We all know The Count as the lovable vampire who’s always ready to give a lesson about numbers, but his well-known shtick wasn’t always so clear-cut. Here are four times The Count really botched a moral lesson before he was ultimately limited to just being the counting character.
1. The time The Count tried to teach a lesson about honesty by bringing a kid with clubfoot onstage and making everyone say what they thought about it: Things had been going as planned on an episode of Sesame Street on January 15, 1970, when The Count took his first crack at stepping up as a moral voice on the still-young show. During a planned segment in which The Count was set to teach kids about the number four by counting four bats flying around his head, The Count suddenly barked, “Stop bothering me,” at the circling bats before calling all of the kids around him in a huddle, repeatedly saying, “I have a message for the children.”
Once the kids were rounded up, he pointed toward a child offstage with crutches, waved him over to stand in the middle of the group, and then asked him to please remove his left shoe and sock. When the clubfoot was finally unveiled, everyone tried their best to react as politely as possible before The Count announced in his signature Romanian accent, “Do not hold back. We are all looking at what’s called a Monster’s Leg, and it is terrifying. Everyone will stand up one at a time and shout what you think about his misfortune. Remember what The Count is begging you: Never lie, even to people with cursed feet.”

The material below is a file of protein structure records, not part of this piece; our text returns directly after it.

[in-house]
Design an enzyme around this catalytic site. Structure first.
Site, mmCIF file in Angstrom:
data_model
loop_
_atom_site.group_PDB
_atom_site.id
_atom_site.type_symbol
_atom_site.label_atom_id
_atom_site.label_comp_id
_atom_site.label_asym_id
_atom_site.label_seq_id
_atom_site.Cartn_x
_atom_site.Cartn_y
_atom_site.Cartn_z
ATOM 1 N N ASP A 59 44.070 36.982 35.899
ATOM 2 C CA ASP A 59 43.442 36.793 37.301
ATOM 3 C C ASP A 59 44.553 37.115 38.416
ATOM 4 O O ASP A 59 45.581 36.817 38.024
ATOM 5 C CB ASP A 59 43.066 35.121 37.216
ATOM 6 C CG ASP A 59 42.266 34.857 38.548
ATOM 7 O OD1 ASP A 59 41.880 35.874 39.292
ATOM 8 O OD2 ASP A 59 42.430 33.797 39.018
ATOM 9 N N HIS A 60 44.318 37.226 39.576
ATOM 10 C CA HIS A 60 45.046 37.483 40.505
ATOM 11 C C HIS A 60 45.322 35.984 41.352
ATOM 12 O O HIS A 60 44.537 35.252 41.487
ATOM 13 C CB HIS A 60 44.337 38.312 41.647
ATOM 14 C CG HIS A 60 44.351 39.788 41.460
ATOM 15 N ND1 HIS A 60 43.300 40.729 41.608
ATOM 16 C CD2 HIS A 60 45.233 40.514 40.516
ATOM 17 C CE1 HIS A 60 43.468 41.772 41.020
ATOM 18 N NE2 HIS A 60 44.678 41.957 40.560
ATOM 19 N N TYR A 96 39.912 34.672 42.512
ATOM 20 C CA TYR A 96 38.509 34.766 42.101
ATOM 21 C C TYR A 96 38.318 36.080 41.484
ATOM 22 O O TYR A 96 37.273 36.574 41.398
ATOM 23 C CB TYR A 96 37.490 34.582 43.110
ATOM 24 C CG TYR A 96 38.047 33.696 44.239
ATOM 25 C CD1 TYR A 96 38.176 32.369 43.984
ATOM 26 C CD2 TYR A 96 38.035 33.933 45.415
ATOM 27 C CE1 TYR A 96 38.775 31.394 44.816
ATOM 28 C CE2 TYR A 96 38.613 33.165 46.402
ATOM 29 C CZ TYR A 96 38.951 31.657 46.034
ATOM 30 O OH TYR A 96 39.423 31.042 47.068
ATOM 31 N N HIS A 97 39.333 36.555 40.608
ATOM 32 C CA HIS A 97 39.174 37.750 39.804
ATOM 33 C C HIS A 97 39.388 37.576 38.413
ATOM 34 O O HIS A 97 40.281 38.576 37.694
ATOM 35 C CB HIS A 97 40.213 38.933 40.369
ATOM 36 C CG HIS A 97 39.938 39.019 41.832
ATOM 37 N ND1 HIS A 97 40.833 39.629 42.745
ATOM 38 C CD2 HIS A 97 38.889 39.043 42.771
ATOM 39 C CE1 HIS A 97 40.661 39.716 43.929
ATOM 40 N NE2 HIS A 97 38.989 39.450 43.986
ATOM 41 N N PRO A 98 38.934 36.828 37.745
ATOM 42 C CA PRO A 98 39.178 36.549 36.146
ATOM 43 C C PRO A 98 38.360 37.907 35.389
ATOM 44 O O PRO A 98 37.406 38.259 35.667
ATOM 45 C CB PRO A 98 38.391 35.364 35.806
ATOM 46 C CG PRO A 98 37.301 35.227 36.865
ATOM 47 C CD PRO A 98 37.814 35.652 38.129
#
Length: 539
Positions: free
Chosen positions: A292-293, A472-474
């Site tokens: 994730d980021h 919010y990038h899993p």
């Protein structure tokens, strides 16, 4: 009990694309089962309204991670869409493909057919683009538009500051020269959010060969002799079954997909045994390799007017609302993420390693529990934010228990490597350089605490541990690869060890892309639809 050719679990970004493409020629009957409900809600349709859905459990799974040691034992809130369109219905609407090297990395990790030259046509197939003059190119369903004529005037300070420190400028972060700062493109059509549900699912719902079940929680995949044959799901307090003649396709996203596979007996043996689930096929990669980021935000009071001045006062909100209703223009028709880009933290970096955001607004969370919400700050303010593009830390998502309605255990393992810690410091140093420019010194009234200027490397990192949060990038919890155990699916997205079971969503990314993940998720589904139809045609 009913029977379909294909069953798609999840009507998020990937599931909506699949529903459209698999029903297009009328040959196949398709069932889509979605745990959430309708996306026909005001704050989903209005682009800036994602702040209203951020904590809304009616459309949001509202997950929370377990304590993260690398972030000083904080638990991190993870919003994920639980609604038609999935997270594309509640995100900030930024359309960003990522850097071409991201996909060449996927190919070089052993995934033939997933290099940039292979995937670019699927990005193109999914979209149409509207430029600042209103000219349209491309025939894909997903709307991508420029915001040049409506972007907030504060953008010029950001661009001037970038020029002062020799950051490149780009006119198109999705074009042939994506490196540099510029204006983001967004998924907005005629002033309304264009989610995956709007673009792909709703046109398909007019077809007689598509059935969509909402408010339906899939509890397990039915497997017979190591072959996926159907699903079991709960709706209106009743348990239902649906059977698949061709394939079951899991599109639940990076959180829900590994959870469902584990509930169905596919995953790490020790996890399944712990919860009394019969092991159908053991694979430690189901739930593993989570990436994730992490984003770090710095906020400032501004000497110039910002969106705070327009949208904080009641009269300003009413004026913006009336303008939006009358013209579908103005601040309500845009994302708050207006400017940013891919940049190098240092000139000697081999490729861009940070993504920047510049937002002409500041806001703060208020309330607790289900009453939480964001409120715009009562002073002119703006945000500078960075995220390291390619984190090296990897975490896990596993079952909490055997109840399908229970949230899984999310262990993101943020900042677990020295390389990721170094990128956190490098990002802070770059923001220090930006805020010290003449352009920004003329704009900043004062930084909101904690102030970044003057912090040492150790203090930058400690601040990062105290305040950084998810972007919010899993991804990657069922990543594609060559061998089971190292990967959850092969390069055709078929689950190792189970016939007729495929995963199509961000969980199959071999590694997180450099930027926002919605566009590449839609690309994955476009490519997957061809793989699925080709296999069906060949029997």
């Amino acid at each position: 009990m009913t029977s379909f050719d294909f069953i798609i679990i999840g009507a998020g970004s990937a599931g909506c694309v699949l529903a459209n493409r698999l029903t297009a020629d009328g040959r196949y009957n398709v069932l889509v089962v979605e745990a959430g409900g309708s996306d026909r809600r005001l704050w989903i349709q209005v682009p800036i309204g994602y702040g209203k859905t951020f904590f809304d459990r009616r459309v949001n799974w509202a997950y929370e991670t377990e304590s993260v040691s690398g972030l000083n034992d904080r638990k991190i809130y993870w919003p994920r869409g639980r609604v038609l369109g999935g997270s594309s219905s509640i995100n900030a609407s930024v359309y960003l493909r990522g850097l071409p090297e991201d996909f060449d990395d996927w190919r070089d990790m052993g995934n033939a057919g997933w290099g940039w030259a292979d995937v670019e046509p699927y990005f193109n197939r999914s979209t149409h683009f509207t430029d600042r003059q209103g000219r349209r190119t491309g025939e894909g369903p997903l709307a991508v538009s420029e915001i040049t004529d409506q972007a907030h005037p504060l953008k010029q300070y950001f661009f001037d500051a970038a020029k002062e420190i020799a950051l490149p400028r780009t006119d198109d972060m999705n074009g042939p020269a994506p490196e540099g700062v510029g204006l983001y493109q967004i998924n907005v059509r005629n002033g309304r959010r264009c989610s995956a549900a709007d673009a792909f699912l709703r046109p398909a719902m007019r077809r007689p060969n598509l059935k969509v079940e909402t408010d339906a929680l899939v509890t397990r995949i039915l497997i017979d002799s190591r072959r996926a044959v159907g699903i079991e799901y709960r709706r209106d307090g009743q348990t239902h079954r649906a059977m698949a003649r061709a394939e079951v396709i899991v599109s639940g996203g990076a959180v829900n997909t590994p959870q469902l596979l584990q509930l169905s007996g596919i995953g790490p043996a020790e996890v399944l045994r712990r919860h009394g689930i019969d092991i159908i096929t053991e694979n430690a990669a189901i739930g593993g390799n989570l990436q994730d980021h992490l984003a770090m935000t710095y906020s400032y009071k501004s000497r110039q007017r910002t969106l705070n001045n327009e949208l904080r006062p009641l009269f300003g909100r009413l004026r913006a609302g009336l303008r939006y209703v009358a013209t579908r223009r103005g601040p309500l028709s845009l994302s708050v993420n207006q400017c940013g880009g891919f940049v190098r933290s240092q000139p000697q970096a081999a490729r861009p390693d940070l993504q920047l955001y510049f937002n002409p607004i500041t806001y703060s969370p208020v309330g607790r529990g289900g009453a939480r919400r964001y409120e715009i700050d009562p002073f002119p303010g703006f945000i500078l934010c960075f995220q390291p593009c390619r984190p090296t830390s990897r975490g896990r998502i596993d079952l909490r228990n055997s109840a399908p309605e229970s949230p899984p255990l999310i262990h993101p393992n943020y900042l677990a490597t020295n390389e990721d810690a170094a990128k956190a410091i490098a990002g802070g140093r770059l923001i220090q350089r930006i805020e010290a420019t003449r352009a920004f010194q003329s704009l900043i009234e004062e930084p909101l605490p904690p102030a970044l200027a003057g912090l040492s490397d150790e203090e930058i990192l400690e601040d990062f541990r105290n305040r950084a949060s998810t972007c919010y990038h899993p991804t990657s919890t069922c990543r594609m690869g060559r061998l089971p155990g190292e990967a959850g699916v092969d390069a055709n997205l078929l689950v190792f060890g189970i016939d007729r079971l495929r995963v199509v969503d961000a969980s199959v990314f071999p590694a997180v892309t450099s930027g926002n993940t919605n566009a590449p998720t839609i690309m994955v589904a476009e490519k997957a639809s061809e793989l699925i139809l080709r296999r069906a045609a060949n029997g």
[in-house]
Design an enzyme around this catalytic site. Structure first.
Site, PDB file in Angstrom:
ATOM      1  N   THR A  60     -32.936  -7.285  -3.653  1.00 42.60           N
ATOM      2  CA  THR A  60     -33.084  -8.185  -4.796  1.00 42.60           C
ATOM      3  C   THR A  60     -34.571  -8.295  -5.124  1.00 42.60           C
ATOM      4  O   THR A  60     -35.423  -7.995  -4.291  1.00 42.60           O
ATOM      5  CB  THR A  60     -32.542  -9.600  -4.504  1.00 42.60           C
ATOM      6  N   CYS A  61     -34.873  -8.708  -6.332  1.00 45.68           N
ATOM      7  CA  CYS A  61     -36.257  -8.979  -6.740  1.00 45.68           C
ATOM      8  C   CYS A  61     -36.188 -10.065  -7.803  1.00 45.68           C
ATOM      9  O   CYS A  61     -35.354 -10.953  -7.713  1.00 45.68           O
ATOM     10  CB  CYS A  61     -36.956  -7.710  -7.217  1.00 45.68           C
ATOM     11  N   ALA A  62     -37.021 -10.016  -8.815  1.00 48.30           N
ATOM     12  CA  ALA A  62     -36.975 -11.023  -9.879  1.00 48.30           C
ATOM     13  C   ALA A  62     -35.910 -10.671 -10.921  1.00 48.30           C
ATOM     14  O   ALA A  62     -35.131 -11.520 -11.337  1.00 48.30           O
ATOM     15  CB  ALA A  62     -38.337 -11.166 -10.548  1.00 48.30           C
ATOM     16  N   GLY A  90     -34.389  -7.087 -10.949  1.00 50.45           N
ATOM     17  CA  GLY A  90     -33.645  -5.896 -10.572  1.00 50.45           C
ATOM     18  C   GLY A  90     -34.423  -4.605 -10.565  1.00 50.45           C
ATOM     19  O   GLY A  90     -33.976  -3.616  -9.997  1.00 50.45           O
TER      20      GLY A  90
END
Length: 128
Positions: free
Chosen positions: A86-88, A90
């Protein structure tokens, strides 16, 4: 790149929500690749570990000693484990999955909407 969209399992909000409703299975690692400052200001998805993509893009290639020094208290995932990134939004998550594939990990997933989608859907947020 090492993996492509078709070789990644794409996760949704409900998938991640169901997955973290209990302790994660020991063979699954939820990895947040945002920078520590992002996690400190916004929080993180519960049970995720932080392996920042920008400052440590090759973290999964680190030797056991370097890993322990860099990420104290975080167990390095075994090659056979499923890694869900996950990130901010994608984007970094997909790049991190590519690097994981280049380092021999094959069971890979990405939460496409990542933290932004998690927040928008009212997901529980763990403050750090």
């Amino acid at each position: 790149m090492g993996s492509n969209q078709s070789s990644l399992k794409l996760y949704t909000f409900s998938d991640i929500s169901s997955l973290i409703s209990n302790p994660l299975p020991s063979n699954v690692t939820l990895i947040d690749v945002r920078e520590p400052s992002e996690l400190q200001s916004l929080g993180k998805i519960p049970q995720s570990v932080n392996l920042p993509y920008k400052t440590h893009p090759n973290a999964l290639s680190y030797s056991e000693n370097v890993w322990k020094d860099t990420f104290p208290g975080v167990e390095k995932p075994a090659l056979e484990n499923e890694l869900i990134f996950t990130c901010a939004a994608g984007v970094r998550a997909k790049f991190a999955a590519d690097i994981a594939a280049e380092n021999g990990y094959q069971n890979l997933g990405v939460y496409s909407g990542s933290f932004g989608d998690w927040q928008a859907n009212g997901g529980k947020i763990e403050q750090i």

Everyone at the Sesame Workshop was pretty mortified by the whole ordeal, and it would only take a few more instances of completely blowing a moral lesson before The Count would be completely relegated to being just the counting character.
2. The time it seemed like The Count was teaching the importance of sharing pretty well by giving everyone some of his food until he insisted that the lesson was actually that you should only trust food that The Count has touched: While Grover was explaining “imagination,” the word of the day for the June 12, 1973 episode, The Count interrupted by taking his next crack at emerging as a moral guide. Just as Grover was wrapping up before a commercial break, The Count wheeled a cart of hamburgers into frame and loudly announced, “Come one, come all. These hamburgers belong to me, but it’s not right to keep them all to myself. I must give them to everyone.” The kids came excitedly running to eat the burgers while the rest of the Sesame Street characters walked into the scene, too, each supporting The Count’s surprise lesson by saying things like, “Wow, Count, it was so nice of you to share your food,” or “Sharing with friends is very important.” It was beginning to look like The Count had really nailed a great lesson until he finally spoke up and declared, “I do not know what any of you mean and I don’t care. Children, remember this lesson: You should only eat food that The Count has personally touched. I have had my hands on the meats, on the buns, and in every one of the sauces you taste. Remember this and you will live forever,” then delivered his classic hearty laugh.